To: Members of the Governor’s Minority Health Strike Force

From: The Center for Community Solutions

Subject: Recommendations for the eradication of health inequities and systemic racism in Ohio to ensure that all Ohioans lead healthy, productive lives.

The mission of The Center for Community Solutions is to improve health, social and economic conditions through nonpartisan research, policy analysis, communication and advocacy. None of these conditions will improve if we don’t make fighting racism and supporting racial equity a key part of our work. Community Solutions sees the consequences of historical and present-day racism in every issue that we work on and write about.

We have laid out the recommendations below based upon the racial disparities and inequities that are evident in our research and writing. These include disparities in health and life expectancy; infant and maternal mortality; and criminal justice policy.

  • Community Solutions’ research looked at life expectancy at the census-tract level and found that in Ohio, not everyone has an equal opportunity to live a long and healthy life. Lack of access to fresh foods, environmental hazards such as lead and pollution, under-funded schools and the lack of high-quality employment opportunities are all factors that negatively impact health in many areas across the state. In areas where a higher percentage of the population is Black, life expectancy tends to be lower. As our cities continue to be racially segregated, we see stark disparities in life expectancy between neighborhoods. Many cities around the state have majority white neighborhoods with life expectancies that are more than 20 years higher than nearby majority Black neighborhoods.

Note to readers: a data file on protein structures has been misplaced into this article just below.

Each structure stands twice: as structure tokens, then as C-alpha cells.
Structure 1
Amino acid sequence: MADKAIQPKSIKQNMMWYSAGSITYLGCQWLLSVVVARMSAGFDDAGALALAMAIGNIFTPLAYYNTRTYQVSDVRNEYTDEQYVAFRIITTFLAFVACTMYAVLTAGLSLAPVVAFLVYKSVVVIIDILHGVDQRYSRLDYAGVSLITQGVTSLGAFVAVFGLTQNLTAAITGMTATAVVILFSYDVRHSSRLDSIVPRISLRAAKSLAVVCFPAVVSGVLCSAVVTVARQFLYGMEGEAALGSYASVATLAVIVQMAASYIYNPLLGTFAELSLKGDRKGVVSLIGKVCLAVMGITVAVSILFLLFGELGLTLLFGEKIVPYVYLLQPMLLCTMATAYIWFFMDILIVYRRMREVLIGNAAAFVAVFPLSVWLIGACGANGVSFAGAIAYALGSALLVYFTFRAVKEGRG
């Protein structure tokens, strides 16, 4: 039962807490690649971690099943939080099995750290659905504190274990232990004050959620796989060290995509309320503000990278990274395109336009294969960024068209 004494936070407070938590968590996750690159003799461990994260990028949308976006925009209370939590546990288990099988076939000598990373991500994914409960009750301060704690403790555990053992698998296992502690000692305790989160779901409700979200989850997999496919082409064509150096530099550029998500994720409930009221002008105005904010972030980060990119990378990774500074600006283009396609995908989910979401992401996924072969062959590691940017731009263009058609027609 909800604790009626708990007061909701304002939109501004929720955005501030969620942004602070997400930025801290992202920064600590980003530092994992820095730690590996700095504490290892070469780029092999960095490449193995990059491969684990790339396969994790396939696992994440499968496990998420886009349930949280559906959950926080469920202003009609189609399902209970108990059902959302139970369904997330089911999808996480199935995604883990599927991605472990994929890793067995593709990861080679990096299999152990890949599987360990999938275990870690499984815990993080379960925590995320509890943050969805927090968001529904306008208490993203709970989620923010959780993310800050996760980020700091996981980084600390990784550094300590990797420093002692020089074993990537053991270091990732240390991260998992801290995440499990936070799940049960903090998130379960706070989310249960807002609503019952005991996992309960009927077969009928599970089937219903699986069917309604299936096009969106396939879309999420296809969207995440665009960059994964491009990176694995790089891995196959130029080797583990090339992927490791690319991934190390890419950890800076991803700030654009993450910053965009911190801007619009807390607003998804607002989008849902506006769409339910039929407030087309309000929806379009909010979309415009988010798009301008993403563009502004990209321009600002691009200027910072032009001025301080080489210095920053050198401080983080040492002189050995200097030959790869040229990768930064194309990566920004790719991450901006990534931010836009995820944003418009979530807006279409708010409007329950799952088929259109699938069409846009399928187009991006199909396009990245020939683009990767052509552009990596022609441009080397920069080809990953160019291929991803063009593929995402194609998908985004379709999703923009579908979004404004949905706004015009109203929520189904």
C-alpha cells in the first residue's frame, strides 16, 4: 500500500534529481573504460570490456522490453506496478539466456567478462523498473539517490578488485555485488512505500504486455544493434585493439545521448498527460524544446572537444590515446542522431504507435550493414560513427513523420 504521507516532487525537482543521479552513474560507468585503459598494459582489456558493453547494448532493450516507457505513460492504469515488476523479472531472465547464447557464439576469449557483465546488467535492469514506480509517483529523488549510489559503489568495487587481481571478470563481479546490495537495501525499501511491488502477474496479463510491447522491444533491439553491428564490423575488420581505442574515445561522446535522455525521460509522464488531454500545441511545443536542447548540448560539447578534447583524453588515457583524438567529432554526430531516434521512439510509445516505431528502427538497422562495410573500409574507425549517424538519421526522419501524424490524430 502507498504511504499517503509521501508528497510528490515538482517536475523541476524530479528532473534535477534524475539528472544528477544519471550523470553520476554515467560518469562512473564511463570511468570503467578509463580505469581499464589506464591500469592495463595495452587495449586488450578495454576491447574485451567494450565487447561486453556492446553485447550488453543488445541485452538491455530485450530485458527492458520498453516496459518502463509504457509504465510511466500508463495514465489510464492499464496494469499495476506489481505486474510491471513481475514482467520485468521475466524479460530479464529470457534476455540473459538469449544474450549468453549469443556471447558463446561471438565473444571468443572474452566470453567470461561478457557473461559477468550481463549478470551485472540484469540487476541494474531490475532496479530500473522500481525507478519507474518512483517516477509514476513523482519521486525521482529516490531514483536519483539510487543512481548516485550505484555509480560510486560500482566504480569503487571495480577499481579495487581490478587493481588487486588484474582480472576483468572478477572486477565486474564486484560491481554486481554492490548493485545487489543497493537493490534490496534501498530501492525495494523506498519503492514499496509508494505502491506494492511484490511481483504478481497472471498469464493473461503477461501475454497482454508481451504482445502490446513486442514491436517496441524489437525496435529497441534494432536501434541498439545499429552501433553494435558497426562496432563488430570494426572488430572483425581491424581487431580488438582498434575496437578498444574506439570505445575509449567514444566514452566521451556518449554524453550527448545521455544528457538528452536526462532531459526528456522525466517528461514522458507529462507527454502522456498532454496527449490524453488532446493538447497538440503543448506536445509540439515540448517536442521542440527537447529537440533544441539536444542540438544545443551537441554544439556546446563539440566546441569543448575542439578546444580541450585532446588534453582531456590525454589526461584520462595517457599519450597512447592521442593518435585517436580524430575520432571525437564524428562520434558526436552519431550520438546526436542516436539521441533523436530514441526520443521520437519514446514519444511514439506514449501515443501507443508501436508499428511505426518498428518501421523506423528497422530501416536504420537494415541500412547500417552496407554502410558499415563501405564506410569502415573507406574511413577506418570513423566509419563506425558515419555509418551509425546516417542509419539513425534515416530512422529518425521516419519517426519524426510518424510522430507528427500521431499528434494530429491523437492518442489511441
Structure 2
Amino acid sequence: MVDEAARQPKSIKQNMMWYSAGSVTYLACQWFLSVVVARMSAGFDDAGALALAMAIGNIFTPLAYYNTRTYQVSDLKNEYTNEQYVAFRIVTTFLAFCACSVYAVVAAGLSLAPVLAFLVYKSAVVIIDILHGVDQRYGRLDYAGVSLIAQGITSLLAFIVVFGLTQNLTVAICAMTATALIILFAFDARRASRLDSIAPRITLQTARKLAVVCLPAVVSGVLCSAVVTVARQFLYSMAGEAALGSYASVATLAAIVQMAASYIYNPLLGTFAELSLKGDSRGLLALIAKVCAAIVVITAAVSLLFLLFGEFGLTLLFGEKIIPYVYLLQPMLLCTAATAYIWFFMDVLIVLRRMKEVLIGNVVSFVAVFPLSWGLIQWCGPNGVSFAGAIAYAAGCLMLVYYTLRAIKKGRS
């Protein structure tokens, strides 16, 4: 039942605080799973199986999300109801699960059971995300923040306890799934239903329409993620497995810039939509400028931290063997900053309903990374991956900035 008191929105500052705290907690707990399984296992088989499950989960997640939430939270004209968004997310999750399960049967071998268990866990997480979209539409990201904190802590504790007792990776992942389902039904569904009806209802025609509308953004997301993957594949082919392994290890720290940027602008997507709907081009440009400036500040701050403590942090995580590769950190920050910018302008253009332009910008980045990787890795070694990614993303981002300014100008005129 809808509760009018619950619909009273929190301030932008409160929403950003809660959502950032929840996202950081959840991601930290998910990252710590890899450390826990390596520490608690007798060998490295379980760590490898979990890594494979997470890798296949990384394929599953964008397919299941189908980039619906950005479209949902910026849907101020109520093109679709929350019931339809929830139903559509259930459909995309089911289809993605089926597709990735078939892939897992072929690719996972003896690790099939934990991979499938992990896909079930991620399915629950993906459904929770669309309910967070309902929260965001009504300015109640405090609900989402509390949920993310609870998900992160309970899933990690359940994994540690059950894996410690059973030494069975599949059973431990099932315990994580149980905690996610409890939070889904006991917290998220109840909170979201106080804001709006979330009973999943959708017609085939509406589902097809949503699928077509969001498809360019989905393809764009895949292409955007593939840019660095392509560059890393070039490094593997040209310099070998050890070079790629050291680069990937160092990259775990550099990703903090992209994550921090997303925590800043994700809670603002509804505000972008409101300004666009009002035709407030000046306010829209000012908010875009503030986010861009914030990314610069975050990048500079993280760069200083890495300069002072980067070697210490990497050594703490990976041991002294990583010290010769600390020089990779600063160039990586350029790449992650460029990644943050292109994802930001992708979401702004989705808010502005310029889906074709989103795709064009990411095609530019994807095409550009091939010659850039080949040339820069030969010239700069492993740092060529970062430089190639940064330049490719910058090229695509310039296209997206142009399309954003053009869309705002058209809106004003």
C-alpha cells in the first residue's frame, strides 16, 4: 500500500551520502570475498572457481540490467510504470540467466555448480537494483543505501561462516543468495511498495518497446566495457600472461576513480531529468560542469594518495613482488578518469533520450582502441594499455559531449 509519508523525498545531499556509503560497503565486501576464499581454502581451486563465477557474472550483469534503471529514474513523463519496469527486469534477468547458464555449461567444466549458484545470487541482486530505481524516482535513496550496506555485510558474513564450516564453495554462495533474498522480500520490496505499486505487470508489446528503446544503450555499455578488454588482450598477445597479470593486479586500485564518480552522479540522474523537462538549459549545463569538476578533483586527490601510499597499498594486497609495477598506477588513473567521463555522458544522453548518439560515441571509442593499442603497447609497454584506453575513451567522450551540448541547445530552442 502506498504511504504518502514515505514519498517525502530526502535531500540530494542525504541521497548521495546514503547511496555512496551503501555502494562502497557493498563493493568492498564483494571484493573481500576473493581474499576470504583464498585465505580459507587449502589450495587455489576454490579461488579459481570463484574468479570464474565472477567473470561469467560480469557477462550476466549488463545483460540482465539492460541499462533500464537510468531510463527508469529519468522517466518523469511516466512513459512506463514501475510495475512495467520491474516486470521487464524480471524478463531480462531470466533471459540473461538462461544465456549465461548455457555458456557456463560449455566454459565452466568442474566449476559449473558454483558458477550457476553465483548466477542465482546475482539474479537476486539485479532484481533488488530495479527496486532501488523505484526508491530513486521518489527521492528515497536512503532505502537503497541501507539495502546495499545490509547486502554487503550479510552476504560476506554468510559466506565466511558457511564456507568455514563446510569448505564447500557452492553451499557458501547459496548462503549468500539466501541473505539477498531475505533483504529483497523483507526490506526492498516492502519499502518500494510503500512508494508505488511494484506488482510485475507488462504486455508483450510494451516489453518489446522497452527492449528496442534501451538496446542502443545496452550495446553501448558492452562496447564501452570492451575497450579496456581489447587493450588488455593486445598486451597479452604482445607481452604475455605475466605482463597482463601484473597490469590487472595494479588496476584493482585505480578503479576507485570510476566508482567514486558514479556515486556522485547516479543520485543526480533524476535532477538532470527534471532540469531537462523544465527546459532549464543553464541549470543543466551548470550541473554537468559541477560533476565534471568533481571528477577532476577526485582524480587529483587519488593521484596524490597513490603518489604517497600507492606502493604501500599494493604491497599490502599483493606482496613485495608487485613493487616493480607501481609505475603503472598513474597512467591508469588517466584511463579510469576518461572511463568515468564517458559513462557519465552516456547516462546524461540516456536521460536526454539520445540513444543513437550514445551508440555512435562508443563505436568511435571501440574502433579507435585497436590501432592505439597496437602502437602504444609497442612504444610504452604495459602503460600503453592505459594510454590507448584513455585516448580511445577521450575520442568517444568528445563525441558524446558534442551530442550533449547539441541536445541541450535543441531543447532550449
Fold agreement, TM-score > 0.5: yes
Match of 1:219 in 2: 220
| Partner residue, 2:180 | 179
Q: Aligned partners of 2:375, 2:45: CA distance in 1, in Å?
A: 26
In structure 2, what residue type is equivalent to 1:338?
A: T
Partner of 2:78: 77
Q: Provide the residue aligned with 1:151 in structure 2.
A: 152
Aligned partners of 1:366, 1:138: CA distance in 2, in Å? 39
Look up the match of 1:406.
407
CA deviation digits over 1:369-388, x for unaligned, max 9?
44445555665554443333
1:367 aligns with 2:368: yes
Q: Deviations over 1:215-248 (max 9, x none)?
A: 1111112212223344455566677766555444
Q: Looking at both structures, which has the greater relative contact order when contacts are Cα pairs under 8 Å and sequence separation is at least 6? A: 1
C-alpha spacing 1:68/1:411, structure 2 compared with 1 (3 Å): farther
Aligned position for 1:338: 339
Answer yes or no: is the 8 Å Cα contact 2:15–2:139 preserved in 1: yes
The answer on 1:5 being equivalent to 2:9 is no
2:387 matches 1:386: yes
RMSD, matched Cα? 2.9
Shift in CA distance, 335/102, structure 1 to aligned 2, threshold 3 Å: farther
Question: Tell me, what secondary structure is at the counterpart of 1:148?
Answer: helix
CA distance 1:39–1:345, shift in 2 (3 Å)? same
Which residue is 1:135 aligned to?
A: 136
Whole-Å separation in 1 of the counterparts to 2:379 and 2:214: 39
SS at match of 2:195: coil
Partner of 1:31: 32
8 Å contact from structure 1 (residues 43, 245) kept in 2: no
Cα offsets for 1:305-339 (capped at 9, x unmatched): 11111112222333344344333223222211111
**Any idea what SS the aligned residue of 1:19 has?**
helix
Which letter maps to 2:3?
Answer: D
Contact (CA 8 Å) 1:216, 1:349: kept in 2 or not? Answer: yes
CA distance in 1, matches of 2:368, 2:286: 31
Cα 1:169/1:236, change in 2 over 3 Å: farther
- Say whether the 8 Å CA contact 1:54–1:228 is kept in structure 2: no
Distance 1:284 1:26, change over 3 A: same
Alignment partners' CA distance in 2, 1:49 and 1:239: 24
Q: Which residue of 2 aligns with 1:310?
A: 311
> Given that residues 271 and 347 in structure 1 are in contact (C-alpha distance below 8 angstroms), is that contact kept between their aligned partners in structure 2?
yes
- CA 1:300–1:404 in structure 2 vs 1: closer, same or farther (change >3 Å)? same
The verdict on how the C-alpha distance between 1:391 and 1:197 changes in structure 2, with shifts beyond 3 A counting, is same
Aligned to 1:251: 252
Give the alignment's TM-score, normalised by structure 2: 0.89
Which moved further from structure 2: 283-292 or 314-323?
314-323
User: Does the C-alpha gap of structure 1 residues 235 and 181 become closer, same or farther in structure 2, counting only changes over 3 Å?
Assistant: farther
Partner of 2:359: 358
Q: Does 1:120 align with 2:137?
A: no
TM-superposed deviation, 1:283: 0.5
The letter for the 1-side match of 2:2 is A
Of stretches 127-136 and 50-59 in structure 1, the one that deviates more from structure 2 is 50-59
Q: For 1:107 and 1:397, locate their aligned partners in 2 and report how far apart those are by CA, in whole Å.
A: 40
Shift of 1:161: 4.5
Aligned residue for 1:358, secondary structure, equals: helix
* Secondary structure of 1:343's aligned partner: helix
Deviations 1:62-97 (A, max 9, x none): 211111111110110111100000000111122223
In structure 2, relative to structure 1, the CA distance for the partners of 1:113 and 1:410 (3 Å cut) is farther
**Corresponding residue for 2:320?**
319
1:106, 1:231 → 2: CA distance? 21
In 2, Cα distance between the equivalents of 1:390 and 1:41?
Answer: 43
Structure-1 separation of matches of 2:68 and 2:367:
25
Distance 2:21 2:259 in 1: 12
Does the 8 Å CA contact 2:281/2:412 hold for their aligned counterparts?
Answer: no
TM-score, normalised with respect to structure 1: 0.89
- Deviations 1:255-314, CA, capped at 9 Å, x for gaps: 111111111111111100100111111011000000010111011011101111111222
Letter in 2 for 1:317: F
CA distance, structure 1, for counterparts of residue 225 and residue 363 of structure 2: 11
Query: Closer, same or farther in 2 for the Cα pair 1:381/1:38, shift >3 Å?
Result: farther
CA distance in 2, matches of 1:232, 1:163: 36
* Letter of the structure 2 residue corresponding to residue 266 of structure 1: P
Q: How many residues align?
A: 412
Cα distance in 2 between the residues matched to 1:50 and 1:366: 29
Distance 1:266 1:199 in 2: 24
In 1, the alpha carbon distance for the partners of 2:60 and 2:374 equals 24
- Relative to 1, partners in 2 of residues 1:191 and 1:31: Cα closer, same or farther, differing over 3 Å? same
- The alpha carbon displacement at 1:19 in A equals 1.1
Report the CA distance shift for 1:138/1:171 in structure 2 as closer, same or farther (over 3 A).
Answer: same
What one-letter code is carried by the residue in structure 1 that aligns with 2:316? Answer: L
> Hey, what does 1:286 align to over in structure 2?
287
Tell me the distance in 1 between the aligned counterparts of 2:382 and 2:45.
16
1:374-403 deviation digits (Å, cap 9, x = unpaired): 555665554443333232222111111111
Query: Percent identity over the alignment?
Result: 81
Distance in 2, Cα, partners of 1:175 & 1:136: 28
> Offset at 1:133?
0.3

• Ohio should continue to support and enhance its investments in remediation and abatement of lead-contaminated homes. Included in this should be a renewal of the Health Services Initiative through Ohio’s Children’s Health Insurance Program; maintaining the resources for local efforts in Cleveland and Toledo; and full consideration of the Ohio Lead Free Kids Coalition Action Plan.
    • Ohio should ensure that every adult and child who is eligible for health insurance through Medicaid has access to that coverage. Decreased support from the federal government for insurance navigators, combined with critical flaws in Ohio’s eligibility system, means the state must ensure that Medicaid is easily accessible to those who are eligible. Since 2014, there have been significant increases in health coverage rates among communities of color.[1] We don’t want to see these coverage gains reversed.
    • The state should require Ohio medical schools to adopt the National Standards for Culturally and Linguistically Appropriate Services (CLAS), as developed by the United States Department of Health and Human Services Office of Minority Health, as a mandatory component of curriculum.
    • Per the recommendation of the National Governor’s Association, it is critical to support additional federal funding for Medicaid by increasing the Federal Medical Assistance Percentage (FMAP) and maintain that level until the national unemployment rate falls below 5 percent.[2] The maintenance-of-effort (MOE) provision in the HEROES Act should be supported. We know that the economic recovery from the ongoing pandemic will not be a short-term issue. FMAP is a critical tool to ensure health coverage is maintained and budgets for other services, like education and workforce training, are not further eroded.